United States District Court, D. Massachusetts
MEMORANDUM AND ORDER ON DEFENDANT'S MOTION FOR
Dennis Saylor IV United States District Judge.
action arises out of an employment dispute between plaintiff
and her former employer, Security Industry Specialists, Inc.
Plaintiff's only remaining claim seeks the expungement of
allegedly false information from her personnel record
pursuant to the Massachusetts Personnel Records Law, Mass.
Gen. Laws ch. 149, § 52C. Defendant Security Industry
Specialists, Inc. has moved for summary judgment on the
ground that it has already expunged the information at issue
from plaintiff's records, thereby granting plaintiff all
of the relief to which she is entitled under the statute.
Because it appears undisputed that defendant has in fact
expunged the information, defendant's motion for summary
judgment will be granted.
following facts are either undisputed or stated in the light
most favorable to the plaintiff as the non-moving party.
Janice Stevenson was employed by Security Industry
Specialists, Inc. (“SIS”) to provide security
services to its client, Amazon.com, Inc. (Venturini Aff.
¶ 2, 4 & Ex. A). On September 30, 2015, her
supervisor issued an Employee Counseling Form-essentially, a
disciplinary report-to her. (Def. Ex. A). According to the
form, the reasons stated for the counseling were
“refusal to perform work duties” and
took issue with the form, contending that it contained false
information. (Venturini Aff. ¶ 5; Compl. ¶ 27). On
October 5, 2015, she filed this pro se action
alleging, among other things, a violation of Massachusetts
Personnel Records Law, Mass. Gen. Laws ch. 149, § 52C.
(Compl. ¶¶ 27-33). As relevant here, she sought
relief in the form of the removal of the September 30, 2015
counseling form from her personnel record. (Id. at
¶ R-2). On March 17, 2016, the Director of Human
Resources at SIS, Jeffrey Venturini, removed the form at
issue from Stevenson's personnel record. (Venturini Aff.
¶ 6). Stevenson's personnel record no longer
includes any reference to the September 30, 2015 counseling
form. (Id. at ¶ 7).
January 20, 2017, defendant moved for summary judgment on the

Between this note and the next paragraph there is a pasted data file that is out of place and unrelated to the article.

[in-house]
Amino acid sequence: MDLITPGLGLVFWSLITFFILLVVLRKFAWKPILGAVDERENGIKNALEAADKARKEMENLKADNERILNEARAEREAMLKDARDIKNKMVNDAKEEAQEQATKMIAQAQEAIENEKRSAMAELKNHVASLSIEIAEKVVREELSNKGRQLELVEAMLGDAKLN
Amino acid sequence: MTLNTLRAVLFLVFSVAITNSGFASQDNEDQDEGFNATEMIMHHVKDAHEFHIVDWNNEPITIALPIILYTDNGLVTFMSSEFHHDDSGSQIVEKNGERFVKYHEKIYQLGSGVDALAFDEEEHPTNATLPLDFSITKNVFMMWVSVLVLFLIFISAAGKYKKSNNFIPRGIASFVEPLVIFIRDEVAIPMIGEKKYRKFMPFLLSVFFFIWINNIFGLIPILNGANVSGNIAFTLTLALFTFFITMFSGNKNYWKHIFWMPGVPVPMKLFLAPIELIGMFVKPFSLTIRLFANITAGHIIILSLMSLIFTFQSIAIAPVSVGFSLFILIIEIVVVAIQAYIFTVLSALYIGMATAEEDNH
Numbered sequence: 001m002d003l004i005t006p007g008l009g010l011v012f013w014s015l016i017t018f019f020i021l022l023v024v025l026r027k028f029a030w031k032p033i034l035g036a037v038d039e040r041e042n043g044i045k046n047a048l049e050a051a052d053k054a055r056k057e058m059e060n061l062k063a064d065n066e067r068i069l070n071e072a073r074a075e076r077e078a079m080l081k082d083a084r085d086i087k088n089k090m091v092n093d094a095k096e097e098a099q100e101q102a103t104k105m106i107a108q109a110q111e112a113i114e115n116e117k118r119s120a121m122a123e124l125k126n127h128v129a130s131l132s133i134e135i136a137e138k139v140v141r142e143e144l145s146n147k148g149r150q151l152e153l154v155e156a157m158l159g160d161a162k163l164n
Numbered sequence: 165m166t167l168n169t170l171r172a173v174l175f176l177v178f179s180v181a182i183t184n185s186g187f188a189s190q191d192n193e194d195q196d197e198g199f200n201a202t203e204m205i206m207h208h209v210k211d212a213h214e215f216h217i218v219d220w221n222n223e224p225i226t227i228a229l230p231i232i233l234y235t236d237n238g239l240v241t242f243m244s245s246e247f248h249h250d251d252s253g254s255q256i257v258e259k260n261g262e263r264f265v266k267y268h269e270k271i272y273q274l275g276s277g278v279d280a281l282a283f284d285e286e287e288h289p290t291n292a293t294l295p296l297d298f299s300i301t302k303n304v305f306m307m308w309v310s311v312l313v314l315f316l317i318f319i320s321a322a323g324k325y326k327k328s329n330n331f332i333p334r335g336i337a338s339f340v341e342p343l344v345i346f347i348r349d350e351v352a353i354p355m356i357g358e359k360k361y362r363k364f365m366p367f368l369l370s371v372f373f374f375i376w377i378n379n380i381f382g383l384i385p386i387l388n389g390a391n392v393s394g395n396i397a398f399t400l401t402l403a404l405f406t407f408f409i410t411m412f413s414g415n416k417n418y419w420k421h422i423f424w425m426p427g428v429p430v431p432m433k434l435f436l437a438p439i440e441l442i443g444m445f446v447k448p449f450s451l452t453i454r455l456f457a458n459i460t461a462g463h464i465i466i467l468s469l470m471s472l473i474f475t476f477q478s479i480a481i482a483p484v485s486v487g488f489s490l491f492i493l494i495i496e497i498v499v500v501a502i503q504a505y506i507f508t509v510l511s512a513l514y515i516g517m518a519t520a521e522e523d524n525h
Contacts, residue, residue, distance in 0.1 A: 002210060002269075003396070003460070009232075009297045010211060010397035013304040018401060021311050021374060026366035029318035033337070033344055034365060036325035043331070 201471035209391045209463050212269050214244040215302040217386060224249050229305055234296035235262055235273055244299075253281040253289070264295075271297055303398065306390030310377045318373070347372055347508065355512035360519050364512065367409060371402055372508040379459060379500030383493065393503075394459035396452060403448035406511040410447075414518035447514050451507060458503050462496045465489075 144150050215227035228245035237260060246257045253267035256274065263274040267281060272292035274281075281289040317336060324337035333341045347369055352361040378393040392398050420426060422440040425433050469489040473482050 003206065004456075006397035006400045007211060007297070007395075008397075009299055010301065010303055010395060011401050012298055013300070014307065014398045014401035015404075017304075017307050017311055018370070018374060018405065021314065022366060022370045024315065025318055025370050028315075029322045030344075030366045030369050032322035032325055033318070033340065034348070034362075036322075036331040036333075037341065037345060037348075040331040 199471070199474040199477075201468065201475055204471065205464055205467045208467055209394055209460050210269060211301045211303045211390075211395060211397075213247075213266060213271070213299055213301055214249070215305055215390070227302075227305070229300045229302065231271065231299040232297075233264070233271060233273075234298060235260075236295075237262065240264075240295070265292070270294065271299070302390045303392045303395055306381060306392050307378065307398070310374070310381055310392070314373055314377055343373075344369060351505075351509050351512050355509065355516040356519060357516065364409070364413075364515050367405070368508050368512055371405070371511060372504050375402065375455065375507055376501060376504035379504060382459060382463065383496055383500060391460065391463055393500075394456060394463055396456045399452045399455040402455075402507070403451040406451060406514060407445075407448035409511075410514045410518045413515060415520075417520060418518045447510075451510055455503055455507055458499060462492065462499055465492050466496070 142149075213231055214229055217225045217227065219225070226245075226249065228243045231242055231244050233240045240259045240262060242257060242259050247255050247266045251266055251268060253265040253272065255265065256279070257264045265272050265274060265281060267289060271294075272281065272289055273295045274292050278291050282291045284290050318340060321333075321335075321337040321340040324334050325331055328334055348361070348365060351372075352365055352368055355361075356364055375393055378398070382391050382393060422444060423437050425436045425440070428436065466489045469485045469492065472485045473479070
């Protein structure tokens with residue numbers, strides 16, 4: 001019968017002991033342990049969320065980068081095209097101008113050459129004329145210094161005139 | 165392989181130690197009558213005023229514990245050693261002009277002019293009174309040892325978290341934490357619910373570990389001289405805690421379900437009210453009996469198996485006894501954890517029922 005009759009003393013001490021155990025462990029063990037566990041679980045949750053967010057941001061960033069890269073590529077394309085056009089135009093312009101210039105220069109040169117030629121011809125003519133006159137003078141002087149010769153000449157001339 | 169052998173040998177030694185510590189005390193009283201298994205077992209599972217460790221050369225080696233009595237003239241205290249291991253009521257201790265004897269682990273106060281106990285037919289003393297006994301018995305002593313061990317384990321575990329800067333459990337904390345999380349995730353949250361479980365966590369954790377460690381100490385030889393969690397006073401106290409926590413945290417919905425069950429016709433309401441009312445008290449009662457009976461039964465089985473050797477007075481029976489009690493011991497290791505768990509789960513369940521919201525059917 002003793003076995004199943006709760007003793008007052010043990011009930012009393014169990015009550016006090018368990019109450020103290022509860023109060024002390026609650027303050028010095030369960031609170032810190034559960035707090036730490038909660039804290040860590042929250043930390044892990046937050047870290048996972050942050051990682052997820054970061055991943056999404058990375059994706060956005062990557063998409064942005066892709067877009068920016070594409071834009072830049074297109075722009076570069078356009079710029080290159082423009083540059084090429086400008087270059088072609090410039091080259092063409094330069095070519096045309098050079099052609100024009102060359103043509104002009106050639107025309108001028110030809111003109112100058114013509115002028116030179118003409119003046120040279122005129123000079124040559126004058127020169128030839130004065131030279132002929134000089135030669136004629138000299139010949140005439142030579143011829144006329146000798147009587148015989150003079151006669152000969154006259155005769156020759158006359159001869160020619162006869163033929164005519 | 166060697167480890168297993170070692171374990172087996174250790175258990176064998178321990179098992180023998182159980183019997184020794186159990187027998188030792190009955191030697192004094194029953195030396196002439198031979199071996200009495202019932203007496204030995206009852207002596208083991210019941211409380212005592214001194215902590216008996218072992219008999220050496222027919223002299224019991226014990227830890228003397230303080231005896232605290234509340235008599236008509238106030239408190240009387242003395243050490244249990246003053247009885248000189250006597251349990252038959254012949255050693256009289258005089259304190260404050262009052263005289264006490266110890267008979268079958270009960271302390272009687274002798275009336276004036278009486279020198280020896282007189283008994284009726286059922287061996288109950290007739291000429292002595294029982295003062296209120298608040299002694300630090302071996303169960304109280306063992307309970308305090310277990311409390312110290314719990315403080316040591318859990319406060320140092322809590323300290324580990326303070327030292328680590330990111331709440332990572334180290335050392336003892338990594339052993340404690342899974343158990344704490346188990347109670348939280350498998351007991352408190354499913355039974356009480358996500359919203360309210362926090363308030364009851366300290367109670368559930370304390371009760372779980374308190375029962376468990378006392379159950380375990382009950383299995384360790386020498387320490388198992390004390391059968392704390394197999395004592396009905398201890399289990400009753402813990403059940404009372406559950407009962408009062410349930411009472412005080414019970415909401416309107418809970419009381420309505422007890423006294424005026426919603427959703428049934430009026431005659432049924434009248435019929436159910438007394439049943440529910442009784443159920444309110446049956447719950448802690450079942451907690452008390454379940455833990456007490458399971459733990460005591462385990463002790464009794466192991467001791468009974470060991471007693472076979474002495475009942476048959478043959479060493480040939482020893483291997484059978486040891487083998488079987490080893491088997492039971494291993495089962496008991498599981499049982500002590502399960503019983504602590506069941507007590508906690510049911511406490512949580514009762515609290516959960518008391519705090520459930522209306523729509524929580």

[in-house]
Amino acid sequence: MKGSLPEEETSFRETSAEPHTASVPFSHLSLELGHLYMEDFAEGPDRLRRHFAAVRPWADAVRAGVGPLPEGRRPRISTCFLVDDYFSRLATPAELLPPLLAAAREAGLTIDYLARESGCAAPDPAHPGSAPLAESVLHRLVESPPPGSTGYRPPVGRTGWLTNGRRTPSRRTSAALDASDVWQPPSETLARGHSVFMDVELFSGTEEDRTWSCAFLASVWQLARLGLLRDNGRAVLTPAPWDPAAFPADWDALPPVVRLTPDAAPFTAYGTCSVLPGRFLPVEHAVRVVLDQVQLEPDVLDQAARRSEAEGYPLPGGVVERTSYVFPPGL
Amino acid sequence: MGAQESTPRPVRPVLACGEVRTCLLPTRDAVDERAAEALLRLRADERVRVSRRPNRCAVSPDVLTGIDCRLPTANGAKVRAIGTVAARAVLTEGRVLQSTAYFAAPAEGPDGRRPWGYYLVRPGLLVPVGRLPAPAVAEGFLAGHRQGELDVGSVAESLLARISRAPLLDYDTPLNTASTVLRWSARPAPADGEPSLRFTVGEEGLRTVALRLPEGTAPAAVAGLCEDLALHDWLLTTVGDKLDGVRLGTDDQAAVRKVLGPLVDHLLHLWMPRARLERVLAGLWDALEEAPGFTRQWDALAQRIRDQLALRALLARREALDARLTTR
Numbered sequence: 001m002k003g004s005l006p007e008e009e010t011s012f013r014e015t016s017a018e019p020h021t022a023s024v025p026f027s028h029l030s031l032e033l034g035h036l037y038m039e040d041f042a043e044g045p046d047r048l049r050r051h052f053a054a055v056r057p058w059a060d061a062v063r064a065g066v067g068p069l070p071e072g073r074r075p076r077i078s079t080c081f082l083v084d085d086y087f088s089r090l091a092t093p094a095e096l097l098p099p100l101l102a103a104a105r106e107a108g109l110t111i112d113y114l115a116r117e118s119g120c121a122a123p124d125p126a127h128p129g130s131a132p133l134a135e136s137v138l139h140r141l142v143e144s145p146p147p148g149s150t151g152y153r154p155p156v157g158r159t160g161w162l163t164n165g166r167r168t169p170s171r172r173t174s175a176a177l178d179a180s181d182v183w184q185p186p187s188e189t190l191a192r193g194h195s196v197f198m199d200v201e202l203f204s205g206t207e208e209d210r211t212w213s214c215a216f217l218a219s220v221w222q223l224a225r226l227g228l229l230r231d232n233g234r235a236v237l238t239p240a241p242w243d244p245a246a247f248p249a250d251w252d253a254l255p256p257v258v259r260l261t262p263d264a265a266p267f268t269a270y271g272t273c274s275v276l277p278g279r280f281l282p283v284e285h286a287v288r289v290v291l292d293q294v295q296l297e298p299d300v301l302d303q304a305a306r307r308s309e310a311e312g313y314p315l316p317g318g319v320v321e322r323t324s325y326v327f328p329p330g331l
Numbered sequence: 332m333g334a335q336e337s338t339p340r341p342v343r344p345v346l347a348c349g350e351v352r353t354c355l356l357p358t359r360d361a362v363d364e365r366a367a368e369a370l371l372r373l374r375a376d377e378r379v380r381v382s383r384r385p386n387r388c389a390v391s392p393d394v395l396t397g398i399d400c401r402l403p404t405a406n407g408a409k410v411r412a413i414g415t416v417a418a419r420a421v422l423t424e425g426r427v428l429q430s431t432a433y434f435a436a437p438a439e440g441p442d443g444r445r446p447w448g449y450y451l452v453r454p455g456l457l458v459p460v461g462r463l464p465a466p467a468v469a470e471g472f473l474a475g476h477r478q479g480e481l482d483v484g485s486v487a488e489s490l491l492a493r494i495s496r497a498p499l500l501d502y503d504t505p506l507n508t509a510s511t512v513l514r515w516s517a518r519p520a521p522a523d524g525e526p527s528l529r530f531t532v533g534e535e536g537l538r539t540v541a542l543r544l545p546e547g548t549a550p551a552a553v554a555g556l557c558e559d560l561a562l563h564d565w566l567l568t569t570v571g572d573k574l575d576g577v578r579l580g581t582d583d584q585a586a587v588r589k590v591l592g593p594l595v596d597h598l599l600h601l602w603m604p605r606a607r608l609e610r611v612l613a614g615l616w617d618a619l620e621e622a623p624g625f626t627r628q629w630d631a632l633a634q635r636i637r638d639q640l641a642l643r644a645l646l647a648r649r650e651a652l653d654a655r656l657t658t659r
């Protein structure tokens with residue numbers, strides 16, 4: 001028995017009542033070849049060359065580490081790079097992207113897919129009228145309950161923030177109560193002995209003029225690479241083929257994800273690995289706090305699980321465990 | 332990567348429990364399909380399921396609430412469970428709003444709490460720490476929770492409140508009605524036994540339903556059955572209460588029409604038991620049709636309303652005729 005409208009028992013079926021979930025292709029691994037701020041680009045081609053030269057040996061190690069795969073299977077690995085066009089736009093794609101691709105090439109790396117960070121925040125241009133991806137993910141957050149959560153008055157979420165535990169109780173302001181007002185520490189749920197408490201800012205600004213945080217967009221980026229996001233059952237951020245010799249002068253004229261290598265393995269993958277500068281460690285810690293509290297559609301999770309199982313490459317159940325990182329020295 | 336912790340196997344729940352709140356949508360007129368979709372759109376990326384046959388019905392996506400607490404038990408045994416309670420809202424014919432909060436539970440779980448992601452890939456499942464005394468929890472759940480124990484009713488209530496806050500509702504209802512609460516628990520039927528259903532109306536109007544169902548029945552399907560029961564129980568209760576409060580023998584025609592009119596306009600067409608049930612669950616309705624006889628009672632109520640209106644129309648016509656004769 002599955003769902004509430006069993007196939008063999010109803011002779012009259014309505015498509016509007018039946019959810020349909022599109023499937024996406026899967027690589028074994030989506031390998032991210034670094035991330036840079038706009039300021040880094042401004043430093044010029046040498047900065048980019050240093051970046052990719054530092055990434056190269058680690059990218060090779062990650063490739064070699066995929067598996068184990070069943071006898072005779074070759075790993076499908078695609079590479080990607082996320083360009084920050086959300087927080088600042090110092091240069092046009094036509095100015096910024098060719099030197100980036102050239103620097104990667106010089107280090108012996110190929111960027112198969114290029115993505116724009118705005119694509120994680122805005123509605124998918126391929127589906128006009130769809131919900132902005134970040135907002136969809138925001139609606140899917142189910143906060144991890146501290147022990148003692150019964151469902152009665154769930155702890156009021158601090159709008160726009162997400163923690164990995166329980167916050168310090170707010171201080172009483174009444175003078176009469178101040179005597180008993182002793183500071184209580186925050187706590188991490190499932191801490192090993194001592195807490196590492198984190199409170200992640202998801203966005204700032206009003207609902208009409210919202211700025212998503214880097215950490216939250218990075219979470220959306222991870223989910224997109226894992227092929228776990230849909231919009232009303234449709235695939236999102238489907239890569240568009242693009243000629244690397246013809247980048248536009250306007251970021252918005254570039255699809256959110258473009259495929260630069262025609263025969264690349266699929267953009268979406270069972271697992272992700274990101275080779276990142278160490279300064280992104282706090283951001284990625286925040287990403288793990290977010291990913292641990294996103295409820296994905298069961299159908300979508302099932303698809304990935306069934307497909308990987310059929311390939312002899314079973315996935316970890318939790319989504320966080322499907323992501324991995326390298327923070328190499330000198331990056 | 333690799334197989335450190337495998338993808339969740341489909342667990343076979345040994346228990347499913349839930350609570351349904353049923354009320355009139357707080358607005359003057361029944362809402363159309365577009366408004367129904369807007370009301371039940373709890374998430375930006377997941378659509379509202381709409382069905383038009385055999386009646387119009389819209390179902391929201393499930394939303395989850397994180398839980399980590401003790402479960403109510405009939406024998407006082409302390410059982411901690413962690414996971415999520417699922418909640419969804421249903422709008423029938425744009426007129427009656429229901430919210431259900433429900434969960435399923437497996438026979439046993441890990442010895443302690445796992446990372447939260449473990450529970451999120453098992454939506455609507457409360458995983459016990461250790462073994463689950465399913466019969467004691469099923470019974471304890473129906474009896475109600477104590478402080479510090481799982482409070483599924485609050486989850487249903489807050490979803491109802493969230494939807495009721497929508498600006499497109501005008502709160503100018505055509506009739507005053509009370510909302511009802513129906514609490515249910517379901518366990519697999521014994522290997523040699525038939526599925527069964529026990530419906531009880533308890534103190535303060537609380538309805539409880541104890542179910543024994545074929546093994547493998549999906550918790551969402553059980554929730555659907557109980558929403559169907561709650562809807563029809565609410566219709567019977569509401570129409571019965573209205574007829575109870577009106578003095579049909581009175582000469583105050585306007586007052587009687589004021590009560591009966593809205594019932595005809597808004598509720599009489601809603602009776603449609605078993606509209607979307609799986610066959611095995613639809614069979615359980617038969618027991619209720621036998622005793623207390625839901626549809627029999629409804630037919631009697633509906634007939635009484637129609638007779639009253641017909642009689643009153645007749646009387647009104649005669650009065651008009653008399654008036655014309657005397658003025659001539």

only remaining claim. For the reasons stated below, that
motion will be granted.
role of summary judgment is to “pierce the pleadings
and to assess the proof in order to see whether there is a
genuine need for trial.” Mesnick v. General Elec.
Co., 950 F.2d 816, 822 (1st Cir. 1991) (quoting
Garside v. Osco Drug, Inc., 895 F.2d 46, 50 (1st
Cir.1990)). Summary judgment is appropriate when the moving
party shows that “there is no genuine dispute as to any
material fact and the movant is entitled to judgment as a
matter of law.” Fed.R.Civ.P. 56(a). A genuine issue is
“one that must be decided at trial because the
evidence, viewed in the light most flattering to the
nonmovant . . . would permit a rational fact finder to
resolve the issue in favor of either party.”
Medina-Munoz v. R.J. Reynolds Tobacco Co., 896 F.2d
5, 8 (1st Cir. 1990) (citation omitted). In evaluating a
summary judgment motion, the court indulges all reasonable
inferences in favor of the nonmoving party. See
O'Connor v. Steeves, 994 F.2d 905, 907 (1st Cir.
1993). When “a properly supported motion for summary
judgment is made, the adverse party must set forth specific
facts showing that there is a genuine issue for trial.”
Anderson v. Liberty Lobby, Inc., 477 U.S. 242, 250
(1986) (quotations omitted). The non-moving party may not
simply “rest upon mere allegation or denials of his
pleading, ” but instead must “present affirmative
evidence.” Id. at 256-57.
Massachusetts Personnel Records Law provides employees with
the right to review their personnel record. Mass. Gen. Laws
ch. 149, § 52C. It also provides that “[i]f an
employer places in a personnel record any information which
such employer knew or should have known to be false, then the
employer shall have the remedy through the collective
bargaining agreement, other personnel procedures or judicial
process to have such information expunged.”
Id. Having the false information corrected or
expunged is the only remedy available under the statute.
See Kessler v. Cambridge Health Alliance, 62
Mass.App.Ct. 589, 597 (2004).
appears undisputed that SIS removed the counseling form at
issue on March 17, 2016. (Venturini Aff. ¶ 6). As a
result, there is no genuine dispute as to a material fact,
and defendant is entitled to judgment as a matter of